Saturday, July 23, 2011the "cute" religious simpleton...
The marketplace was busy, but not quite as busy as I thought it would be, considering the warm weather and the clear skies. Still, Pastor Tim and I shared the Gospel of the Lord Jesus Christ with thousands of souls who were walking the market's streets. The Lord be glorified by our efforts, and may He work what He wills in the lives of those we ministered to.
Our evangelistic effort didn't start out too well. A guitar player (and I'm being gracious in calling him that) has been making it a habit over the last few weeks of setting up right across the street from us as we are preaching the Gospel. His goal is quite simple: drown the preachers out with his noise, and hope the people walking by will drop change in his guitar case. Well he did it again tonight, but this time he went his usual evil and began to sing blasphemous and mocking songs. We eventually moved further down the street and continued our work there, as the sad soul continued with his evil. It was pretty sad/funny... in one of his mocking tunes, he sang that "them Christians are just after your money", yet we were handing out free literature, and he had his guitar case open. Reminded me of...
"They that sit in the gate speak against me; and I was the song of the drunkards." (Psalm 69:12)
Moments later three young men came by to speak to me. Matthew, Patrick and Joel were their names. They were covered in tattoos and piercings, but claimed to be Christians. Wanting to give them the benefit of the doubt, I asked them were they fellowshiped. The answer wasn't much of a surprise: Dominion Outreach Center. Note the word "church" doesn't figure in the name (that would be too fundamental!). Anyway, just like their assembly these guys were charismatics, extremely modernistic and liberal in their theology, and they weren't fans of my "in-your-face-type" evangelism. I talked with them, tried to reason with them and while they were agreeable, they definitely didn't agree. Patrick on numerous occasions went into bizarre monologues about how "he felt the Holy Spirit wanted to use me" in such-and-such a way, and that I was poised to receive great blessings from above (sounded like a long fortune cookie blessing/prediction). I didn't ask for any details on "his feeling", I figured that would be a total waste of time.
I really, really dislike dealing with charismatics. It's frustrating to use the same terminology, but wind up with totally different ideas/concepts. For example, when Patrick spoke of me being near to receiving some great blessings from above, I knew what he meant. He was speaking of earthly/carnal blessings. When I told him that the Lord had and was blessing me in immeasurable ways, not with riches and possessions, but with spiritual blessing, it was clear he didn't have much time for what I was saying. He answered my statement with this: "yeah, but it's good to have a nice car, house, and to be blessed with physical things." And that my friends is the garden variety charismatic right there: seeking and desiring the supernatural, wanting to be Christian superheroes who heal and bless people with a mere touch, all the while wanting worldly riches, comfort and ease. What folly!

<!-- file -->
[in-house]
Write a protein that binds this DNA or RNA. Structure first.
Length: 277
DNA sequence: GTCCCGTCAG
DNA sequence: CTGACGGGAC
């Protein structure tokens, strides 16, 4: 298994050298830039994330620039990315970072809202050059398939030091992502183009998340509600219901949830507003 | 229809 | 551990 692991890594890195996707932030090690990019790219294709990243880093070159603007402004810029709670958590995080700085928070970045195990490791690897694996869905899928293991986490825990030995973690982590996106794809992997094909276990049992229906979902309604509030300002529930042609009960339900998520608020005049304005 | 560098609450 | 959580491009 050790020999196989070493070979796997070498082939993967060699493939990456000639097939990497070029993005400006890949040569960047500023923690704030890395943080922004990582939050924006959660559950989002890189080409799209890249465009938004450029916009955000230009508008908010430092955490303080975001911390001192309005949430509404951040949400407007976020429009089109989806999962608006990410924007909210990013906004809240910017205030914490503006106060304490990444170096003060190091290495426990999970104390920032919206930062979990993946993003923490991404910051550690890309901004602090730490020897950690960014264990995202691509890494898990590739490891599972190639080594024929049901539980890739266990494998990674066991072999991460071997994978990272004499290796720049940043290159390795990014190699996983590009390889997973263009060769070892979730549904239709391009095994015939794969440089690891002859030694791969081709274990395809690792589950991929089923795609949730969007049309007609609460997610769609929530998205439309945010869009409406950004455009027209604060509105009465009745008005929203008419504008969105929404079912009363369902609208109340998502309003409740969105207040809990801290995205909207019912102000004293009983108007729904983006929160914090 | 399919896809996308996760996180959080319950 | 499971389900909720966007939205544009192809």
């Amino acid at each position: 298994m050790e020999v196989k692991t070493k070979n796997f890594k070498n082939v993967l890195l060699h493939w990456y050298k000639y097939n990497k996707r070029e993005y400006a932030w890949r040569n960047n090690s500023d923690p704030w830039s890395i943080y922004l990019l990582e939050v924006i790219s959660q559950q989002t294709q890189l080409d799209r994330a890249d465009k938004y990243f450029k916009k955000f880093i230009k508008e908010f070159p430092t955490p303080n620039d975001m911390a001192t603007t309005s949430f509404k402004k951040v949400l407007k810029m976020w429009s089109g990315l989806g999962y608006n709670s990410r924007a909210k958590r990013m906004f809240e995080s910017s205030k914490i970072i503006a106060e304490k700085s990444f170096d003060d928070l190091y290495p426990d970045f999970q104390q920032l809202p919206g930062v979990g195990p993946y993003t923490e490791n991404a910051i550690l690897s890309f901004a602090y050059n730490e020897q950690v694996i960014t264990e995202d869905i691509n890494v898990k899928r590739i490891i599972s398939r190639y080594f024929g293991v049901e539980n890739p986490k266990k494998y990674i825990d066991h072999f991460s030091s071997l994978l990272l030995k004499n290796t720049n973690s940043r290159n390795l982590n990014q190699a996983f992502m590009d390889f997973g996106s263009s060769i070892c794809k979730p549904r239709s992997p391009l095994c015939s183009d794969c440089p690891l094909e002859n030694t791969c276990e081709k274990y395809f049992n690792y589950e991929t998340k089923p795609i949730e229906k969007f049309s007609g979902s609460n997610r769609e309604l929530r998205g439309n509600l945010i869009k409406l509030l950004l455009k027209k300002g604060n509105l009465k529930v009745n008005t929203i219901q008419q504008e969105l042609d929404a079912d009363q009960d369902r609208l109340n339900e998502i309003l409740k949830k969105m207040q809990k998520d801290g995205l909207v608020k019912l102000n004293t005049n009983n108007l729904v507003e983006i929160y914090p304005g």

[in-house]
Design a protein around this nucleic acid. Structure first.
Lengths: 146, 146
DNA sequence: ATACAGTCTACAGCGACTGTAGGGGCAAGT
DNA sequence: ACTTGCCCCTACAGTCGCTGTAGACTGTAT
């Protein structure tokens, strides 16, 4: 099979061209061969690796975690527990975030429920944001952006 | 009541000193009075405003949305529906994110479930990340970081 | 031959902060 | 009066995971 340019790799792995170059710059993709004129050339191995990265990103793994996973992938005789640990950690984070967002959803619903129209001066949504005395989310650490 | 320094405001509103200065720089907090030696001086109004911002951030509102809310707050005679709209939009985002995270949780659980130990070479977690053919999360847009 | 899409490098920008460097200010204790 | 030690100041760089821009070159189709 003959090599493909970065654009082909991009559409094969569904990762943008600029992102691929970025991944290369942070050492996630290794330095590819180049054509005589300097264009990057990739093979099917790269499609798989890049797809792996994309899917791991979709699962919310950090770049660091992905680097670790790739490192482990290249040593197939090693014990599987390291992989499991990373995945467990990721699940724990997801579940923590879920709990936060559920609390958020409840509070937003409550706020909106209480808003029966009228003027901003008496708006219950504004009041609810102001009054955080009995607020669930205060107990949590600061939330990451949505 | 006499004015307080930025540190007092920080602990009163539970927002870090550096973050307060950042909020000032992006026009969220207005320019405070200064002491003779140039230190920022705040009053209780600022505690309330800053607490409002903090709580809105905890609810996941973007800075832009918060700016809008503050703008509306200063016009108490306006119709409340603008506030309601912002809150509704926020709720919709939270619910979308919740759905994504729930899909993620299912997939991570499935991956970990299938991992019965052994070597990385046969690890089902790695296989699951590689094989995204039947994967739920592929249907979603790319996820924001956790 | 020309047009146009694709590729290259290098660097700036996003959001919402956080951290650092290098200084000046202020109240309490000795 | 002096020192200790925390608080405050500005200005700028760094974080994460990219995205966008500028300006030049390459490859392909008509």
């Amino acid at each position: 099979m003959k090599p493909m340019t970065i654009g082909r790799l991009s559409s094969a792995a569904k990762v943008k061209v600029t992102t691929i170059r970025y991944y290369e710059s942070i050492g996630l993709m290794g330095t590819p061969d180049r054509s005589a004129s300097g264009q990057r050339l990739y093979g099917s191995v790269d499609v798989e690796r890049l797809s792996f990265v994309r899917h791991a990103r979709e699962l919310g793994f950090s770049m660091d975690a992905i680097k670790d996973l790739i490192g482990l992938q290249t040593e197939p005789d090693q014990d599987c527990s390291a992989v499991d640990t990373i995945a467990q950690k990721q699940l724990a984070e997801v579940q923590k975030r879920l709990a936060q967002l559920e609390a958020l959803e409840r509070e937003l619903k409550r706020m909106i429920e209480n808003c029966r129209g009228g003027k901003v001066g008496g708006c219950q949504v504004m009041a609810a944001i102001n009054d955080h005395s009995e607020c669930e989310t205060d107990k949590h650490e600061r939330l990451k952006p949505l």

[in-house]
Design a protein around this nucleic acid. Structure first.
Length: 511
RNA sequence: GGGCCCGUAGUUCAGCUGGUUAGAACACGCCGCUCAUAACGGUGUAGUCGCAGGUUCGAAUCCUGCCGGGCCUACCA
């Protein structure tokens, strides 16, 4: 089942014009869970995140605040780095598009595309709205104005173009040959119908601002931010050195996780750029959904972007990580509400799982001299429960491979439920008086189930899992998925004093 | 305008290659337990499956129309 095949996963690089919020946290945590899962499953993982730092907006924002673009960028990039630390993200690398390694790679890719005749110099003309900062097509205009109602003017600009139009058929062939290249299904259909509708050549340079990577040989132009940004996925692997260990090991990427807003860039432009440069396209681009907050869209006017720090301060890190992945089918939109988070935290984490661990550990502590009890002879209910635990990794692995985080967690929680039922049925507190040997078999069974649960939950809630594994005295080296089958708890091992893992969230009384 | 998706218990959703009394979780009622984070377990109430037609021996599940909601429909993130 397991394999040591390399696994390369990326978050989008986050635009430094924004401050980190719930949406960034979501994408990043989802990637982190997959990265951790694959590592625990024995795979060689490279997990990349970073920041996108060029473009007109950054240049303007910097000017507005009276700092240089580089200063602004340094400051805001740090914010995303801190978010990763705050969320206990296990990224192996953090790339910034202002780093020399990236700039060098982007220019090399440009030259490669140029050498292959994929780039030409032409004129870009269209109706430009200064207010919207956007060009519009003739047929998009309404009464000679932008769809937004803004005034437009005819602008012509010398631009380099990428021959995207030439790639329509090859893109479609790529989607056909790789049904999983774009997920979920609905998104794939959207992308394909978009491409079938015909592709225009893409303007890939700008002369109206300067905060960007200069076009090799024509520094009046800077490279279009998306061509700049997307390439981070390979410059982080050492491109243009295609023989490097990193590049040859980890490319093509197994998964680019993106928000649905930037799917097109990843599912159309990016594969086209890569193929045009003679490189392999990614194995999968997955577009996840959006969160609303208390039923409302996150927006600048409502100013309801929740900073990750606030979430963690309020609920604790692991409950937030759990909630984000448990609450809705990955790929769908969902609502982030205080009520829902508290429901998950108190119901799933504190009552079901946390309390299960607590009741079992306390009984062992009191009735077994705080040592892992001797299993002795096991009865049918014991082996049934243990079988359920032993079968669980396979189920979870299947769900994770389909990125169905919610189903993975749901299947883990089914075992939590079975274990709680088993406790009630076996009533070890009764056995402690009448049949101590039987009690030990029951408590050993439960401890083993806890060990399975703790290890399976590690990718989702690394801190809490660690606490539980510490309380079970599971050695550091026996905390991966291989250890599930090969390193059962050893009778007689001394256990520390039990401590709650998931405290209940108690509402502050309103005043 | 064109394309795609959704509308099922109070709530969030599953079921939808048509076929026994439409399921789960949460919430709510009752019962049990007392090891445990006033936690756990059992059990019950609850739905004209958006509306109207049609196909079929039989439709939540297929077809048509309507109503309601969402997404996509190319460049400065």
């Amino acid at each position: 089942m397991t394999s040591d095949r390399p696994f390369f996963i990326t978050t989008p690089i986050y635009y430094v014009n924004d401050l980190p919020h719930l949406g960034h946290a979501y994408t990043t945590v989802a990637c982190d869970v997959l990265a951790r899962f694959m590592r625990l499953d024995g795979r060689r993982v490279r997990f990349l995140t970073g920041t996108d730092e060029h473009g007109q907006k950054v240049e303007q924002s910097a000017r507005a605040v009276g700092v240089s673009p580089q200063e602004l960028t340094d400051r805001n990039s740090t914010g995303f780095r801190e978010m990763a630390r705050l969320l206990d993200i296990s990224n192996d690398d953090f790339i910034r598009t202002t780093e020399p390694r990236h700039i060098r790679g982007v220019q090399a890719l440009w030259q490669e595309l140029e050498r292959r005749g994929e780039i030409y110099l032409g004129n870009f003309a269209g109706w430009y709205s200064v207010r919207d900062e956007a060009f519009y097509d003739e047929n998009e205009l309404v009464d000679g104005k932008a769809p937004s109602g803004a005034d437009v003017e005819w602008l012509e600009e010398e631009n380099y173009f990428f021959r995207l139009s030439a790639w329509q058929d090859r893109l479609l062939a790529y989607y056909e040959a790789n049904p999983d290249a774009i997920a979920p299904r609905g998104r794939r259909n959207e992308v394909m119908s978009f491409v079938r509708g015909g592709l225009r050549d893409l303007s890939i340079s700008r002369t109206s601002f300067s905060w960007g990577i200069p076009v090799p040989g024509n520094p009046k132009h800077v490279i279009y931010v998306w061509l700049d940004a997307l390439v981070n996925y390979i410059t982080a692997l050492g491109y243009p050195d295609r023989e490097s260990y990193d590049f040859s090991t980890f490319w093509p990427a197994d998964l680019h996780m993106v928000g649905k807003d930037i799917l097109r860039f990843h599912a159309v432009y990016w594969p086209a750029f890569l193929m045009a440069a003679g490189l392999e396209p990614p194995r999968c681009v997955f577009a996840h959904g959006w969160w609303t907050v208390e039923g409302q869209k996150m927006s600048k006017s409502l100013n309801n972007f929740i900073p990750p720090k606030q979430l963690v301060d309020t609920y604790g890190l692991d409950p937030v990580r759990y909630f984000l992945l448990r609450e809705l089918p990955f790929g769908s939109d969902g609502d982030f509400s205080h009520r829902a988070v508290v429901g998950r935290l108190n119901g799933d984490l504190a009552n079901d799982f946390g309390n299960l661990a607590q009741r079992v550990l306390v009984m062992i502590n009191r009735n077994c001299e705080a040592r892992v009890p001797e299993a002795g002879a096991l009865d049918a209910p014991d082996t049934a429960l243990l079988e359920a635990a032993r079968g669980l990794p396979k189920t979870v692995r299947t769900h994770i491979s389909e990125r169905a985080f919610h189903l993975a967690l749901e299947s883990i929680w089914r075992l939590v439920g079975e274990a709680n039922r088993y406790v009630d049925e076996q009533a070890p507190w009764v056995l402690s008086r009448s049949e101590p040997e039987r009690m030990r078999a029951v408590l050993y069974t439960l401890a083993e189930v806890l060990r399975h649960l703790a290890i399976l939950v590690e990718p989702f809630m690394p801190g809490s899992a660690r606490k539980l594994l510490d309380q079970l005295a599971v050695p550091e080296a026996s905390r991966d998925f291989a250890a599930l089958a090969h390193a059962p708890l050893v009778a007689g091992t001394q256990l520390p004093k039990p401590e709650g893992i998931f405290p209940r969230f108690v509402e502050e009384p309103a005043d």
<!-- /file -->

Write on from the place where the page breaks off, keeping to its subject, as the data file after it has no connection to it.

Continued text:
"No man can serve two masters: for either he will hate the one, and love the other; or else he will hold to the one, and despise the other. Ye cannot serve God and mammon." (Matthew 6:24)
Seeing they weren't making much progress with the old fundamentalist, they "prayed" for me (and that was pretty bizarre too), and after a bit more admonition that I should really rethink my evangelistic method, they left. I sighed a sigh of relief.
Roughly an hour later, I dealt with two couples, and both conversations went rather well. With the first couple, the man accepted a tract from me but said he didn't believe the Bible was a reliable authority for faith and practice. He claimed that after centuries of copying and translating, the Bible as we have it today, is unreliable. So I recounted how I had visited "The Dead Sea Scrolls" exhibit a few years ago and that the Biblical passages translated from those scrolls were identical to the pocket Bible I carry with me everywhere. He didn't have an answer. The woman smiled affectionately at me, it was clear that she liked my reasonableness. Now don't get me wrong, I don't think she was necessarily receiving what I was saying, but rather, she probably looked at me and thought I was a cute/innocent little man. Tough on the pride, but I guess that's a good thing.
The other couple I spoke too had more promise. She was Caucasian, he was African-American. She asked the bulk of the questions, he just nodded in agreement when I answered. We spoke about the WatchTower's bizarre doctrines on birthdays and holidays, and the many quirks of the myriads of cults and false religions. I told them that the Word of God was the Bible, and with that, there is no need to run to a pope, or guru, or any religious group that ultimately, draw people away from God's Word. She took one of the tracts I was carrying and said: "I'm so glad I spoke to you!" The Lord be merciful to her.
The last half-hour of our night of evangelism was difficult. The noise level of the market, with its many street musicians was extremely high. It was near impossible to find a quiet enough spot where we could preach. We did our best, and I trust the Lord was able to use what we were able to do.
On my way back home, I met Brother Layton of the Open-Air Campaigners. They were just packing in their gear, having presented the Gospel a few blocks down from where Pastor Tim and I were. We exchanged a few kind words of encouragement, and left each other with a "God bless you, brother." The Lord bless him and his team.
That's all for tonight, dear readers. Do remember us in your prayers...
Labels: Friday evangelism